News Archive

 

Diagram of  high-throughput sequencing-based method that measures the poly(A) tails of individual messenger RNA molecules

A protein-production tale of the tape: separating poly(A)-tail length from translational efficiency

January 29, 2014

Whitehead Institute researchers have determined that poly(A) tails on messenger RNAs (mRNAs) shift their role in the regulation of protein production during early embryogenesis. This finding about the regulation of mRNA translation also provides insight into how microRNAs control protein production. 

Microscope images showing different cellular phenotypes associated with cholesterol accumulation and autophagy impairment

Restarting stalled autophagy a potential approach to treating Niemann-Pick disease

January 8, 2014

Whitehead Institute researchers have determined that the lipid storage disorder Niemann-Pick type C1 (NPC1) disease is caused not only by defects in cholesterol processing but also in autophagy—a key cellular degradation pathway that malfunctions in many neurodegenerative diseases.

Image of scissors cutting DNA

New gene-editing system enables large-scale studies of gene function

December 12, 2013

Since the completion of the Human Genome Project, which identified nearly 20,000 protein-coding genes, scientists have been trying to decipher the roles of those genes. A new approach developed at MIT, the Broad Institute, and the Whitehead Institute should speed up the process by allowing researchers to study the entire genome at once.

Image comparing a surface form and cave form of the fish Astyanax mexicanus

Rapid evolution of novel forms: Environmental change triggers inborn capacity for adaptation

December 12, 2013

A team of researchers from Harvard Medical School and Whitehead Institute report that, at least in the case of one variety of cavefish, one agent of evolutionary change is the heat shock protein known as HSP90.

Image of a eraser erasing part of a neuron

Genetic mutation increases risk of Parkinson’s disease from pesticides

November 27, 2013

A team of researchers from Whitehead Institute and Sanford-Burnham Research Institute has brought new clarity to the picture of how gene-environmental interactions can kill nerve cells that make dopamine. The study uses patient-derived stem cells to show that a mutation in the α-synuclein gene causes increased vulnerability to pesticides, leading to Parkinson’s disease.

Image showing how cells with and without normal FLCN gene react to nutrients

Gene responsible for hereditary cancer syndrome found to disrupt critical growth-regulating pathway

November 7, 2013

Whitehead Institute scientists report that the gene mutated in the rare hereditary disorder known as Birt-Hogg-Dubé cancer syndrome prevents activation of mTORC1, a critical nutrient-sensing and growth-regulating cellular pathway.   

Microscope image of filamentation in Candida albicans with and without amphotericin B resistance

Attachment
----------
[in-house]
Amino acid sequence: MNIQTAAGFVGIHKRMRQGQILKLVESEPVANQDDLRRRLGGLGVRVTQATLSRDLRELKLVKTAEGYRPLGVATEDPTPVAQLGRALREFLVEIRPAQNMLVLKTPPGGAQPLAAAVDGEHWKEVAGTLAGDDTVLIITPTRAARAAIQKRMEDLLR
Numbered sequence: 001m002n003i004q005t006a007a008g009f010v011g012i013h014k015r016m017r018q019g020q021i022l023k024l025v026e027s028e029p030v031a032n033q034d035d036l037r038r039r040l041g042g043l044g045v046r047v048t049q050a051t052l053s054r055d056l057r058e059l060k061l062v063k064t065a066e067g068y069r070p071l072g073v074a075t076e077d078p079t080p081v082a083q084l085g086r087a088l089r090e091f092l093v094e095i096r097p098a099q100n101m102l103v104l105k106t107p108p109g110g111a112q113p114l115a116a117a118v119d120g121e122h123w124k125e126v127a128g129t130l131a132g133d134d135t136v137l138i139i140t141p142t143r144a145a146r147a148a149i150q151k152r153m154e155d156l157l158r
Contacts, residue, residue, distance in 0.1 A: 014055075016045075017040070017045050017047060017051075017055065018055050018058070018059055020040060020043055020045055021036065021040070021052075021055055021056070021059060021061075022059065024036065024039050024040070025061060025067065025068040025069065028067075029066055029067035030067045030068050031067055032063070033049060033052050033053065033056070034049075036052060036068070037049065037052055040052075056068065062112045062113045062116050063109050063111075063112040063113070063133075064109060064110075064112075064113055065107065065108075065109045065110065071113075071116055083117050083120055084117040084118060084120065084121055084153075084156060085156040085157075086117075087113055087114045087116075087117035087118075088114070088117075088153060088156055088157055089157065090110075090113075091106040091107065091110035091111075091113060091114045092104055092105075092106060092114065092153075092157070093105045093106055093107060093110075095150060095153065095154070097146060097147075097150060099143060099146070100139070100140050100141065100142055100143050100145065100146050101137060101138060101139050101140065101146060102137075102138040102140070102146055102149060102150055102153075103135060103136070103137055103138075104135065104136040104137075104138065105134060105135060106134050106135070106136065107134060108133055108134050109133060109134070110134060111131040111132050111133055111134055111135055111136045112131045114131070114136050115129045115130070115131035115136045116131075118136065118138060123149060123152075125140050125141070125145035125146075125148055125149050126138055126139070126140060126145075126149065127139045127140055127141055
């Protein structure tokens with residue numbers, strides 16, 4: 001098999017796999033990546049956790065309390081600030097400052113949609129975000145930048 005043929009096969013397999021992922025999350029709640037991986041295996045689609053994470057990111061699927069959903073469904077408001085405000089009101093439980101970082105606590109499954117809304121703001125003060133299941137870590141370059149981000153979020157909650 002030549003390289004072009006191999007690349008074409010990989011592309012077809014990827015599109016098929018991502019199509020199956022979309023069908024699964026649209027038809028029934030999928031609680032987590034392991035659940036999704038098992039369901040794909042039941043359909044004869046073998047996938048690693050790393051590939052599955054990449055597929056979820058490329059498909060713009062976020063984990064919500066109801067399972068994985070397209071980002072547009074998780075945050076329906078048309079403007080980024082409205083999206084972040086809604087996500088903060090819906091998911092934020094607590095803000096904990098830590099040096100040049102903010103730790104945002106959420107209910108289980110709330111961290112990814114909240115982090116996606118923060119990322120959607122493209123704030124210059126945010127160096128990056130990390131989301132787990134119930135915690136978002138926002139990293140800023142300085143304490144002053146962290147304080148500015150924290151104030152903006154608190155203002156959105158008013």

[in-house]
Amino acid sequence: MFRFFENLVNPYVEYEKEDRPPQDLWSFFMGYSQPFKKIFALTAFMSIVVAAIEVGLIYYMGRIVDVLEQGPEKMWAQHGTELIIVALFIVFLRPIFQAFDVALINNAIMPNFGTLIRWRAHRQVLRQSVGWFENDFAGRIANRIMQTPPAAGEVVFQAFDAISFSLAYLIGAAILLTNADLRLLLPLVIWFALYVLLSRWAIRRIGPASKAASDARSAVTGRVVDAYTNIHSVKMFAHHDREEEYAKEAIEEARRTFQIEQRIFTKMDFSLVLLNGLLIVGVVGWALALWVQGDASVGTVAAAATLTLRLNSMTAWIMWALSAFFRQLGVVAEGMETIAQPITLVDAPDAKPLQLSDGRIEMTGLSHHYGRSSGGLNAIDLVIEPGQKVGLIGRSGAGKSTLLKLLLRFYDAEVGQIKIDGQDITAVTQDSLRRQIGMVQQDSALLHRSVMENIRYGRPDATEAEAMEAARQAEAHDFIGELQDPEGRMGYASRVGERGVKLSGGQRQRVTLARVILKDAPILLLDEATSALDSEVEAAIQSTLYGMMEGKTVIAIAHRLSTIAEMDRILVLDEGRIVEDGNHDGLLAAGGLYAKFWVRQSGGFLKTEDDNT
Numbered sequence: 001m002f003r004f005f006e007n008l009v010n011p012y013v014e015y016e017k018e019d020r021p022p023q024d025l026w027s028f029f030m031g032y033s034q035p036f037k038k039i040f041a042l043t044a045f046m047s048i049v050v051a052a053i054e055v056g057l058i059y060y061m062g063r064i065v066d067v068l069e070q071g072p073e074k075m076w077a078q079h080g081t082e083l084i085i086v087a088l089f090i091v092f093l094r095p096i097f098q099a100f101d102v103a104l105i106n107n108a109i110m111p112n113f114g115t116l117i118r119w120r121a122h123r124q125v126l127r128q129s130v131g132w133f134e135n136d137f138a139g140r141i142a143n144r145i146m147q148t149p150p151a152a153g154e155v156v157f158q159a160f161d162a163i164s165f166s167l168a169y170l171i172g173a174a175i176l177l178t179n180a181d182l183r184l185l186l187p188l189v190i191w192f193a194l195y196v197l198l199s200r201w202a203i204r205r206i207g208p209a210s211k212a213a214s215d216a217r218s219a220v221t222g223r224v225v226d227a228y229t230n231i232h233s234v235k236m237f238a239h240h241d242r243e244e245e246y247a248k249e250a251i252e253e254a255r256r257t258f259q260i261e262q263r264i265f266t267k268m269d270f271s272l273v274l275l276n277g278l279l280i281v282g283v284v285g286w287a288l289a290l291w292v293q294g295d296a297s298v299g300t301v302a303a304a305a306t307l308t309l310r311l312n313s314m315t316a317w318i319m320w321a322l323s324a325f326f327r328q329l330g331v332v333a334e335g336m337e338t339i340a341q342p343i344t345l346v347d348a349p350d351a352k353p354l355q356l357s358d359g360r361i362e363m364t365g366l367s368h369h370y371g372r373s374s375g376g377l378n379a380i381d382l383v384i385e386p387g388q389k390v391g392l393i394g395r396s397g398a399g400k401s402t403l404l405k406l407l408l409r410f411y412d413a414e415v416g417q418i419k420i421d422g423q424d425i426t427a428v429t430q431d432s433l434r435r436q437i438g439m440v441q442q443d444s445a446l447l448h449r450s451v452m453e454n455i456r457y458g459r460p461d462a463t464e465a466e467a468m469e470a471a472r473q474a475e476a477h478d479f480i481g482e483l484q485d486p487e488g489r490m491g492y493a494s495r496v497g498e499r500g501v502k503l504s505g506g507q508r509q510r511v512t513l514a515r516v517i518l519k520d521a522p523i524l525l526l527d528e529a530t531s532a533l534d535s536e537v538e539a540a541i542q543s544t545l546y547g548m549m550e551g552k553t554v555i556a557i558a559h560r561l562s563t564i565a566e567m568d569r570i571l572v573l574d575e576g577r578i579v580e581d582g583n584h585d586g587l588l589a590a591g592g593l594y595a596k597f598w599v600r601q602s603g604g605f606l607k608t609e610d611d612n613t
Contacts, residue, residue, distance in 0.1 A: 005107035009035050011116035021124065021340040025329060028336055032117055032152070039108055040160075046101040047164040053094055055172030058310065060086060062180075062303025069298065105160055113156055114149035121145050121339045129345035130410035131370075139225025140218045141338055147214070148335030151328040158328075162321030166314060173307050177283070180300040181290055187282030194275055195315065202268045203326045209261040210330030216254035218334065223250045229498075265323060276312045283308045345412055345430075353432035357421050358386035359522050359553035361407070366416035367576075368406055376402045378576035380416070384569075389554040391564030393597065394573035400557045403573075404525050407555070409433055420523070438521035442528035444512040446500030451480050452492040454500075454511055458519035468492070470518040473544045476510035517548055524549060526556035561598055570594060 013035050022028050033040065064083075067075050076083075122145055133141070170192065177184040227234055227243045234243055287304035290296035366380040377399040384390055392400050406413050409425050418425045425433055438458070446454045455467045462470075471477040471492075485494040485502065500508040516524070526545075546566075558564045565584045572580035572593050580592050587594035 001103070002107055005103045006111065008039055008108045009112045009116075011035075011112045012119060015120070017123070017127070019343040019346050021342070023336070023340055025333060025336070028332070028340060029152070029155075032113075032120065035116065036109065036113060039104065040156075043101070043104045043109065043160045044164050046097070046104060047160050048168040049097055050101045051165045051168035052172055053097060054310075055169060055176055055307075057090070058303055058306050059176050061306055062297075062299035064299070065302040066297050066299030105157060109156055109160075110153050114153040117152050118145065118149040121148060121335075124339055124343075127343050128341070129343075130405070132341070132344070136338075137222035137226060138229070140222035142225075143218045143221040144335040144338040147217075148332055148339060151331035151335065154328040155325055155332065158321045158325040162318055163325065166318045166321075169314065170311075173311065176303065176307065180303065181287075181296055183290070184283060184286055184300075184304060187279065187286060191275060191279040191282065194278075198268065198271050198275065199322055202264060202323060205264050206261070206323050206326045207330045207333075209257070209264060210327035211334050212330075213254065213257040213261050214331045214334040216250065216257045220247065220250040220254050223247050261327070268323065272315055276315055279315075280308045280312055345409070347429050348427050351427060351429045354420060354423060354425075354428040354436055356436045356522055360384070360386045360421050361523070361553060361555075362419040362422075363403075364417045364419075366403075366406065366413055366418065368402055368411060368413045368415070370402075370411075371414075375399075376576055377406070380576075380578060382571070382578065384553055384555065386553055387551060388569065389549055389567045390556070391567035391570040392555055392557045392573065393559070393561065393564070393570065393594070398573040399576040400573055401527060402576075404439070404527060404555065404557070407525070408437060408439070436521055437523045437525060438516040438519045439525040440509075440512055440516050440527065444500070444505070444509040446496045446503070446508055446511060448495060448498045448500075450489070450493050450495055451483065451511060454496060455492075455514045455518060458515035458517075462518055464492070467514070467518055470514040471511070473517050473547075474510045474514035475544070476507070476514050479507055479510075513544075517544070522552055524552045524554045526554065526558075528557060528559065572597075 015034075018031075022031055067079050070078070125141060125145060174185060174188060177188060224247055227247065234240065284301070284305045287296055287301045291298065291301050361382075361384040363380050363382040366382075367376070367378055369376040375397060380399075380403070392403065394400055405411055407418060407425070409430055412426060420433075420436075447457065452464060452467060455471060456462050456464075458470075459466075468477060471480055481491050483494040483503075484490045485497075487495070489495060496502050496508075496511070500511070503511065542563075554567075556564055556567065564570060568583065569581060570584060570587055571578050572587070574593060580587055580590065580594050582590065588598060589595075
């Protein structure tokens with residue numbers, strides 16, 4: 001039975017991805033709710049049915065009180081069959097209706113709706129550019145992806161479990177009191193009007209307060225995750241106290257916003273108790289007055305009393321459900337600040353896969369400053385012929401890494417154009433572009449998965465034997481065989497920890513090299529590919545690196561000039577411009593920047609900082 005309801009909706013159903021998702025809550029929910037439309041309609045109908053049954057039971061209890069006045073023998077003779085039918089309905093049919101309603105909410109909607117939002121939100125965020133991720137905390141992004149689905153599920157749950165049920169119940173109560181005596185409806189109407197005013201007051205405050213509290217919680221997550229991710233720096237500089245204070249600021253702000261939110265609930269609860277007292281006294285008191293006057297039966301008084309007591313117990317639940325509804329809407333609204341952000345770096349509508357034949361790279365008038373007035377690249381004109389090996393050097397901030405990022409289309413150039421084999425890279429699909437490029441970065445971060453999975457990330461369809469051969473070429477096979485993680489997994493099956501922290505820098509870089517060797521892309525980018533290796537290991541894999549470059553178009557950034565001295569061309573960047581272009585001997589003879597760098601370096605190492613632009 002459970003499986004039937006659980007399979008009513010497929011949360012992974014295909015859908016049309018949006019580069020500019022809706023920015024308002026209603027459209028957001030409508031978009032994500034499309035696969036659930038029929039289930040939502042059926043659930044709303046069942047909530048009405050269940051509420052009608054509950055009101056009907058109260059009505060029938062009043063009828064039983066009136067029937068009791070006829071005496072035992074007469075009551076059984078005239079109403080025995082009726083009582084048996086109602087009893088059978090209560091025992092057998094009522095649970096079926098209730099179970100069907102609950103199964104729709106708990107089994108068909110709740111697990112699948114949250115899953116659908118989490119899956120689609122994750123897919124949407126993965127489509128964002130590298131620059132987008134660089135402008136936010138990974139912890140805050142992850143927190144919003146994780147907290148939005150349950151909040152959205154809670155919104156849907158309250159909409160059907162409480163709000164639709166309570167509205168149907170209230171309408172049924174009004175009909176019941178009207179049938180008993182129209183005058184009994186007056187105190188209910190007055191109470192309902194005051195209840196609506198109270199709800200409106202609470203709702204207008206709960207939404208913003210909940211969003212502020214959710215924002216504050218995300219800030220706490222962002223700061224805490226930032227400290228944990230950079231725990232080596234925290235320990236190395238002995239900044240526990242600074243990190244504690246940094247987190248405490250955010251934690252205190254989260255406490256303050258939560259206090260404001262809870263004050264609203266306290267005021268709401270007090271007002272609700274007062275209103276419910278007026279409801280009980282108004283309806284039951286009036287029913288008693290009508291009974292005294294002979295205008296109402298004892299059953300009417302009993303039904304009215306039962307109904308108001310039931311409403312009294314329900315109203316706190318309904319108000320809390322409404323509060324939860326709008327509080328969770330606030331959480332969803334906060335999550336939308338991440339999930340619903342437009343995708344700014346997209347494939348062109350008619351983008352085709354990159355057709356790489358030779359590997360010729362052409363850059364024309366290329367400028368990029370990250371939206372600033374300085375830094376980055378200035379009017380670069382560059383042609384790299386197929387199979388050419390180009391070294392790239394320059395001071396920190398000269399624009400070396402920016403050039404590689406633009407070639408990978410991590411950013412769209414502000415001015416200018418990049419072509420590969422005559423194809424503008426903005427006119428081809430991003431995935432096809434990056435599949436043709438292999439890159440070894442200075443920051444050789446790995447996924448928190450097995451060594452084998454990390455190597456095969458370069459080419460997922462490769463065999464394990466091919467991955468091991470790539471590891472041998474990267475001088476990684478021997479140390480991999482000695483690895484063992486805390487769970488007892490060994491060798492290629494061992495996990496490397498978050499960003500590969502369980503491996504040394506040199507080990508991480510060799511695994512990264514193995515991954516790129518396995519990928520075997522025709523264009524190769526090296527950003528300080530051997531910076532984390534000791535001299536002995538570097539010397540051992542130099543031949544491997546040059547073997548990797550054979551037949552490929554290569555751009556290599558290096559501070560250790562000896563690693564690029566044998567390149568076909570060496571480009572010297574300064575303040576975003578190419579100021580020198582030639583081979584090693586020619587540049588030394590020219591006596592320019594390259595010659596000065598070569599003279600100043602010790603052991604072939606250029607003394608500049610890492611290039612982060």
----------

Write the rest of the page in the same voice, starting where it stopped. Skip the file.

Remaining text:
Understanding the evolution of drug resistance points to novel strategy for developing better antimicrobials

October 29, 2013

The most common fungal pathogen in humans, Candida albicans, rarely develops resistance to the antifungal drug amphotericin B (AmB).  This has been puzzling as the drug has been in clinical use for over 50 years. Whitehead Institute scientists have now discovered why.  The genetic mutations that enable certain strains of C. albicans to resist AmB simultaneously render it highly susceptible to environmental stressors and disarm its virulence factors.

Schematic showing nerve cells and person with Parkinson's disease within a yeast cell

Yeast, human stem cells drive discovery of new Parkinson’s disease drug targets

October 24, 2013

Using a discovery platform whose components range from yeast cells to human stem cells, Whitehead Institute scientists have identified a novel Parkinson’s disease drug target and a compound capable of repairing neurons derived from Parkinson’s patients.

Image showing uninfected B cells and B cells infected with influenza

Flu virus wipes out immune system’s first responders to establish infection

October 19, 2013

Revealing influenza’s truly insidious nature, Whitehead Institute scientists have discovered that the virus is able to infect its host by first killing off the cells of the immune system that are actually best equipped to neutralize the virus.

schematic depicting super-enhancers controlling cell identity genes in embryonic stem cells

Super-enhancers seen as ‘Rosetta Stone’ for dialog between genes and disease

October 10, 2013

Having recently discovered a set of powerful gene regulators that control cell identity in a few mouse and human cell types, Whitehead Institute scientists are now showing that these regulators—which they named “super-enhancers”—act across a vast array of human cell types and are enriched in mutated regions of the genome that are closely associated with a broad spectrum of diseases.

Images of the size of Rett model cells and their nuclei compared to control cells

Rett syndrome gene dysfunction redefined

October 3, 2013

Whitehead Institute researchers have discovered that the protein product of the gene MECP2, which is mutated in about 95% of Rett syndrome patients, is a global activator of neuronal gene expression. Mutations in the protein can cause decreased gene transcription, reduced protein synthesis, and severe defects in the AKT/mTOR signaling pathway.

Photo: David Pincus and Sebastian Lourido

Two Whitehead Fellows snag prestigious NIH Early Independence Awards

September 30, 2013

Whitehead Fellows Sebastian Lourido and David Pincus have each been named a recipient of a 2013 National Institutes of Health (NIH) Director’s Early Independence Award, aimed at accelerating the careers of exceptionally creative junior scientists.

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